The interactions that ensue are historical fiction, and focus on the most salacious part of Starr’s strategy to dethrone Bill Clinton––forcing McDougal to admit to an alleged affair between herself and the then chief-of-state, who had already testified to the contrary. You need not remember the complex details of the Whitewater scandal to digest the action. The true subject is two differing studies of insanity, compare and contrast.

Bateman as Starr is a vessel for political anger at the right––a hulking amalgam of hypocrisy and villainous behavior American liberals love to hate. Dramatically, this works relatively well–– Bateman revels in turning Starr into a real sicko. When he waterboards McDougal, I know it’s probably not what really happened to her, but it still feels close to the bone–– and she was in fact subjected to eight months in solitary confinement. In another passage, meant to be equally chilling, Starr tries to deconstruct McDougal’s understanding of truth, reality and justice in a muddled speech meant to evoke the right’s intellectual infection by fundamentalist Christian rhetoric. This tact isn’t as scary as it should be––perhaps this is an issue on which I’m just more exhausted than angry, or perhaps the study of religious conservatives’ particular use of language isn’t quite up to snuff.

McDougal, who ends up just as crazy as Starr, is a compound image of oppressed groups––a victim of the U.S. prison-industrial complex, of the torture we now associate with Guantanamo Bay, and someone abject simply for the crime of being an honest, middle-aged woman. Her character is more ambiguous than Starr’s and thus altogether more interesting. April Fossen, who recently played another much less formidable woman in Miguel Santana’s “Real Housewives of Utah County,” makes the most of her role, keeping us guessing if she will break until the play’s final moments. The turn, when we realize that what we are seeing may in fact be in her sleep-deprived mind, is also excellently executed, thanks also to the work of Dee-Dee Darby Duffin, who plays McDougal’s prison guard or “matron,” the work’s only supporting role.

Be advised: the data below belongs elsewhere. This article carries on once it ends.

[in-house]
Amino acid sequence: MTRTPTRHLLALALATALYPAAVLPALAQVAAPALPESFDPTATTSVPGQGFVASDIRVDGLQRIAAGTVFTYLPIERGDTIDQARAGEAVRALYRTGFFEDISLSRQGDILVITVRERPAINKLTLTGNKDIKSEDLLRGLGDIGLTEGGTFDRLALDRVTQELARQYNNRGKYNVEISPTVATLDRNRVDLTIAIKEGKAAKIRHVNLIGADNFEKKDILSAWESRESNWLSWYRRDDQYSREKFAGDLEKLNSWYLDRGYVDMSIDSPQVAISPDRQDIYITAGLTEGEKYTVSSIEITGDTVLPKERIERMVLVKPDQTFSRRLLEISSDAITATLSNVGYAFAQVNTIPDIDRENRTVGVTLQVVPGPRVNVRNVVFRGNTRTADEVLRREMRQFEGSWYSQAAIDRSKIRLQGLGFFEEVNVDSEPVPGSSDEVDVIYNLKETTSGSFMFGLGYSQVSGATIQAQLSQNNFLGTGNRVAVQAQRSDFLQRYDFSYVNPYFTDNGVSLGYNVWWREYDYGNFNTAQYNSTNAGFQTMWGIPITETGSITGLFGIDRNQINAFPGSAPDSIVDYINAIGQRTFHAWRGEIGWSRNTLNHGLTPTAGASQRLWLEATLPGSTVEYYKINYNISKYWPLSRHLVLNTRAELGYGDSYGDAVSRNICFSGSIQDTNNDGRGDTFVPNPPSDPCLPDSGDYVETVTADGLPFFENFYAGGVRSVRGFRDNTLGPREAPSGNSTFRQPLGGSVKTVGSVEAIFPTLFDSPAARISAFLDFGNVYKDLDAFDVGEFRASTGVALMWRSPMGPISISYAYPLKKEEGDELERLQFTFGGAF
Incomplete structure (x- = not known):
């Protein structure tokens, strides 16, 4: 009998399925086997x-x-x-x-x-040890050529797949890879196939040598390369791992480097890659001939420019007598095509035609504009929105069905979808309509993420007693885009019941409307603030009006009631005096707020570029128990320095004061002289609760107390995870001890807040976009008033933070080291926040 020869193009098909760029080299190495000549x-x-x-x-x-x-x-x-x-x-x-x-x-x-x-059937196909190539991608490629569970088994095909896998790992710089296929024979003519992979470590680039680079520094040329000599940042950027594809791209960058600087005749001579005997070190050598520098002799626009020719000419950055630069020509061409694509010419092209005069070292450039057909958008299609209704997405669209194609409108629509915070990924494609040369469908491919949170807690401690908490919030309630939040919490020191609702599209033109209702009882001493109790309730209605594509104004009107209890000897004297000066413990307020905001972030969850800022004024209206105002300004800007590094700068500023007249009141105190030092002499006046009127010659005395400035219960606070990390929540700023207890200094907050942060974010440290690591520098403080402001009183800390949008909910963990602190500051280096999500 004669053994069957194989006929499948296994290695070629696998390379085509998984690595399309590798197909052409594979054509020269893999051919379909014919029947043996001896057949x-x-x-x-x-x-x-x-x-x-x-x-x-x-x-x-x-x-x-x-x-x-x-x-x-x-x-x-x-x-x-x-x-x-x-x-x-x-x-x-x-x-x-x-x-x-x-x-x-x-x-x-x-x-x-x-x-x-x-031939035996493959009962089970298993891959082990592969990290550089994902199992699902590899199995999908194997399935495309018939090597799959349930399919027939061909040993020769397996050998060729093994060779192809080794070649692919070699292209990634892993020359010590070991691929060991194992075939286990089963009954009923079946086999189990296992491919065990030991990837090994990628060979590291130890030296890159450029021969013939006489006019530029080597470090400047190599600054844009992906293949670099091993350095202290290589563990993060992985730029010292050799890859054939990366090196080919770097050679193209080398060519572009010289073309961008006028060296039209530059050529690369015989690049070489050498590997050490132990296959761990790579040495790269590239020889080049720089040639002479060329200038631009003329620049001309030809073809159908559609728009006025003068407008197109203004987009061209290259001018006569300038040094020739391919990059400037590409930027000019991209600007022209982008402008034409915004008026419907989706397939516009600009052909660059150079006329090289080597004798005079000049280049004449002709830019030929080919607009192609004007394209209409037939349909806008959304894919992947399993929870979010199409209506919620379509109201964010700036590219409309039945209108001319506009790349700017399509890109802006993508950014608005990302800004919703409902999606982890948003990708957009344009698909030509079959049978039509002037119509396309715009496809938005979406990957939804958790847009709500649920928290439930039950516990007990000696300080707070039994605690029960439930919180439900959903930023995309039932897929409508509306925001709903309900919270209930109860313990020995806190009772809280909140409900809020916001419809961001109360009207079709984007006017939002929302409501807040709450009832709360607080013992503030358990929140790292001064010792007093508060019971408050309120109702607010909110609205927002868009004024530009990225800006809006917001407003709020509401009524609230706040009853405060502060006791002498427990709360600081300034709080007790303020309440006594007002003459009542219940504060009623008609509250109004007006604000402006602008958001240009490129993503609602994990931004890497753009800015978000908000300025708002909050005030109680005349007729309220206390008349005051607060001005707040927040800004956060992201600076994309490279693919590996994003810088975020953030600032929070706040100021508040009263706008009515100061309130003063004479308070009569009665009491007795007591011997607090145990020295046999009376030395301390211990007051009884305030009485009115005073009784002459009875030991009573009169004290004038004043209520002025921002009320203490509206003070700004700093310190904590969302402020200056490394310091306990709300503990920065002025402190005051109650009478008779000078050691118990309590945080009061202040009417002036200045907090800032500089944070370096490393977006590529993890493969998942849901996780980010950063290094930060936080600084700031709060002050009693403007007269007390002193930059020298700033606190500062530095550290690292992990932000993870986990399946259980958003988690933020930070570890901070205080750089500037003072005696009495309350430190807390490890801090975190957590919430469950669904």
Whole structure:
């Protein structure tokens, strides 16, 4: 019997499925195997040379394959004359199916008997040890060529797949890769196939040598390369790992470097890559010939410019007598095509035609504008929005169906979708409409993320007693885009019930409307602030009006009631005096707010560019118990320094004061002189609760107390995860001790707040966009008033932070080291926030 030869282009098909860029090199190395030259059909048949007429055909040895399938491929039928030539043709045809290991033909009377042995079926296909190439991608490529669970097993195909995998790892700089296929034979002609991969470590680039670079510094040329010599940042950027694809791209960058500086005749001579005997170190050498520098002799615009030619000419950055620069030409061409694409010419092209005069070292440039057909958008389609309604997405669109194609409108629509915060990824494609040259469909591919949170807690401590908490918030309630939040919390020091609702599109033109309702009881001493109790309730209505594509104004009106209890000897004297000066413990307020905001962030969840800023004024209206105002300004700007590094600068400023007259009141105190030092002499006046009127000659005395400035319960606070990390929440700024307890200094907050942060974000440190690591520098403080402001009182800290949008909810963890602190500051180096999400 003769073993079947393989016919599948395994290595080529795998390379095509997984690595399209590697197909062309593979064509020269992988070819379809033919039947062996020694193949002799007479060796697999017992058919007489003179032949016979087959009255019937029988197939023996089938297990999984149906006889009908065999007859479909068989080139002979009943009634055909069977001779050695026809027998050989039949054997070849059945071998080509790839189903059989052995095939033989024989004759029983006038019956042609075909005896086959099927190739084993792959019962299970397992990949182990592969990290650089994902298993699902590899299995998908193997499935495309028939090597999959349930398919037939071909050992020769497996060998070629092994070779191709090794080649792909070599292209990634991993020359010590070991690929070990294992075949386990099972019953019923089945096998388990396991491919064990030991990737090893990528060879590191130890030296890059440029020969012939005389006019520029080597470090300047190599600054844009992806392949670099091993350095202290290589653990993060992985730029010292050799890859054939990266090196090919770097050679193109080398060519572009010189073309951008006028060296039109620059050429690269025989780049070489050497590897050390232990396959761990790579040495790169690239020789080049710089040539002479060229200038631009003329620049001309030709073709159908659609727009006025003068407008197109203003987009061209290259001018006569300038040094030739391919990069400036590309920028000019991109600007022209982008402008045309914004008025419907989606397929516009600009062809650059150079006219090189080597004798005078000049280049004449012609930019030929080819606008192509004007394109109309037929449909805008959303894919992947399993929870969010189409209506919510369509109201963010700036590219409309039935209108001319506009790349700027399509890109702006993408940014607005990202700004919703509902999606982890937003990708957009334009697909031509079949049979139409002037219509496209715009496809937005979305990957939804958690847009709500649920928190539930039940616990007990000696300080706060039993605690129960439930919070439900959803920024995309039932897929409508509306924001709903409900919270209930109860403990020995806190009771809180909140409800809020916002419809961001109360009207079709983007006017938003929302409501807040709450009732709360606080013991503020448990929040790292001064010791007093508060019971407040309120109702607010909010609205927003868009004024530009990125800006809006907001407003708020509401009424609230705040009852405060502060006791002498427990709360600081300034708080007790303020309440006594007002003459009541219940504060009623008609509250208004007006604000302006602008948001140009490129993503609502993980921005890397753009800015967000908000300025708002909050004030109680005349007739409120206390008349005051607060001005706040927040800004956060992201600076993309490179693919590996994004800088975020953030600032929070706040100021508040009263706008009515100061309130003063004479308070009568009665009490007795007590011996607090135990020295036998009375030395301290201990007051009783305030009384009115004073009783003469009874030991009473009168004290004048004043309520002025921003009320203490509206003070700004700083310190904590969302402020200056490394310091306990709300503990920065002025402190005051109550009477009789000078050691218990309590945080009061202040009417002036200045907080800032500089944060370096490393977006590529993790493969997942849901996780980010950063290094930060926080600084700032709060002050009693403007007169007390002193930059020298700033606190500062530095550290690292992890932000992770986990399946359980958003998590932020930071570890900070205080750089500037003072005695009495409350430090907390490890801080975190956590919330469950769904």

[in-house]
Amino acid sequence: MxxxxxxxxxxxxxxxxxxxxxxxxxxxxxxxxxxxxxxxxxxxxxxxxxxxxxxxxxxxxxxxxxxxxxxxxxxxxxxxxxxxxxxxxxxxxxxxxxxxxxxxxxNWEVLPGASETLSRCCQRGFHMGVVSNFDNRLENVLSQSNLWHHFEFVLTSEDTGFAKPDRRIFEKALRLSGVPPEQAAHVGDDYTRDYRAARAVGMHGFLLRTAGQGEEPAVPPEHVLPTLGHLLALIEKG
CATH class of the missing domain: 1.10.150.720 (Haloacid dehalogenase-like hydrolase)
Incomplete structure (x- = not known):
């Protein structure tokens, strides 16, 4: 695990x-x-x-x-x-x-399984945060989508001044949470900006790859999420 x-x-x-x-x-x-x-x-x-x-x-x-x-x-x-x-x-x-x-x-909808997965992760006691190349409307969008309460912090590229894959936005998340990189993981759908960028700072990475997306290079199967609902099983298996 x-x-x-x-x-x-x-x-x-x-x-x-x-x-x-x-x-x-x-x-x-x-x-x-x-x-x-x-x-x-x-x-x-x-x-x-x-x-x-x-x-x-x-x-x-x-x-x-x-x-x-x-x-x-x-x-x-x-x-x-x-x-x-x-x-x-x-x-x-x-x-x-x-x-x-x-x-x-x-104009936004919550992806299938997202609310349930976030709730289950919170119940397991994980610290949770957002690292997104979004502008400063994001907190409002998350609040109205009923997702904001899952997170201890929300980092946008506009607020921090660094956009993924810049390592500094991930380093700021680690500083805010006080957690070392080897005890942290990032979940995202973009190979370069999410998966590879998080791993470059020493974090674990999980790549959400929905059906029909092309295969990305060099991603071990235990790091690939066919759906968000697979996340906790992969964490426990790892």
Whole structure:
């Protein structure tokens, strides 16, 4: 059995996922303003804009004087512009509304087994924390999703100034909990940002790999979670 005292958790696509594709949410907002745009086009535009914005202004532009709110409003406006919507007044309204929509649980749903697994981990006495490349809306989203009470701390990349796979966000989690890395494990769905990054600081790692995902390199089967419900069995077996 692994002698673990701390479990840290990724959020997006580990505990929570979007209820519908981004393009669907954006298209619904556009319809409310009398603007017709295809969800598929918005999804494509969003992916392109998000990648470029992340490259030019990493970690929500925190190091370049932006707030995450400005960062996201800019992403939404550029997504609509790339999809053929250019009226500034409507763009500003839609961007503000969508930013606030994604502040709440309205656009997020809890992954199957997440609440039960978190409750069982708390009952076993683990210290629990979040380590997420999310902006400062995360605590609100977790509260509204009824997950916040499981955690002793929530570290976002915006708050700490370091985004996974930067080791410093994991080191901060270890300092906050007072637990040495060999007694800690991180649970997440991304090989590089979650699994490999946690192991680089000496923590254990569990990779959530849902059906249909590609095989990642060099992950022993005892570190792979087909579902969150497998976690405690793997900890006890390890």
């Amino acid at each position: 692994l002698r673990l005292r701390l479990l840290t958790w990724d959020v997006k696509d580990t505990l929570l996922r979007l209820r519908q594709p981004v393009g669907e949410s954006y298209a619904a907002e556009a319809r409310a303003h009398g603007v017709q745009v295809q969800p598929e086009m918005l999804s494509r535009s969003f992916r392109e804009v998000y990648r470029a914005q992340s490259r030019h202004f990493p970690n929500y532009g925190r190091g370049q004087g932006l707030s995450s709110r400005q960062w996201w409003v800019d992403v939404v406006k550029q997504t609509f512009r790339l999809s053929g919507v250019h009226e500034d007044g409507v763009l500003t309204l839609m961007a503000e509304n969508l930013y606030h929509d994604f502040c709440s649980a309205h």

“Nothing Personal” is worth seeing if you’re strangely nostalgic for the ’90s or if you want to see something that mixes up your anger at the American right and renders it a fever dream. Maybe its introspective value is limited, it likely won’t make you question your existing beliefs, but it will make you think about how you might enact them under pressure––and as live entertainment, it’s quite a ride. Check out more about the play and its playwright, Eric Samuelsen on an episode of SLUG’s Soundwaves From The UnderGround.


Artists of Ballet West in Jiri Kylian’s “Petite Mort.” Photo by Erik Ostling

Ballet West’s current season, which runs two and a half hours, is an ambitious bill, uniting the music of Stravinsky, Mozart and Gershwin. The orchestra, conducted by the company’s three very different and very able conductors, sustains interest throughout. First comes “The Firebird,” in a revival of the version by Willam Christensen, who founded the company in the ’60s as the Utah Civic Ballet––Ballet West is now commemorating its 50th anniversary. While competent and illustrative of the narrative, which was originally choreographed by Mikhail Fokine, Christensen’s stately court dances and fight scenes are ultimately a snooze. They display the formality, but lack the wit and absurdity of other revivals of Ballets Russes classics. (That iconic company would go on to premiere “The Rite of Spring” in 1913, three years after “Firebird.”) Ballet history buffs might have enjoyed the original choreography more, but I pined to see a slightly queerer new version (that recently took place in New York City).

The best piece on the bill was a 20-year-old work by Jiří Kylián, originally made for the Nederlands Dans Theater. “Petite Mort” has enjoyed a warm reception all over the world. It neither asks nor answers any hugely important questions about men and women. Even so, it is a clever, tightly conceived meditation on the contemporary value of that certain kind of heightened sexuality, which, for lack of a more precise term, often goes by the name of “contemporary ballet.” Ballet West’s dancers handle the sensualized distortions of traditional pas de deux vocabulary with aplomb, coming in and out to the floor with the seamlessness of modern dancers. I loved the scenes in which six black dresses animated themselves and the stage was cleared by an Isadora Duncan–esque tsunami of black cloth. (This 20 minutes was worth the two-hours-plus of relative boredom that surrounded it.)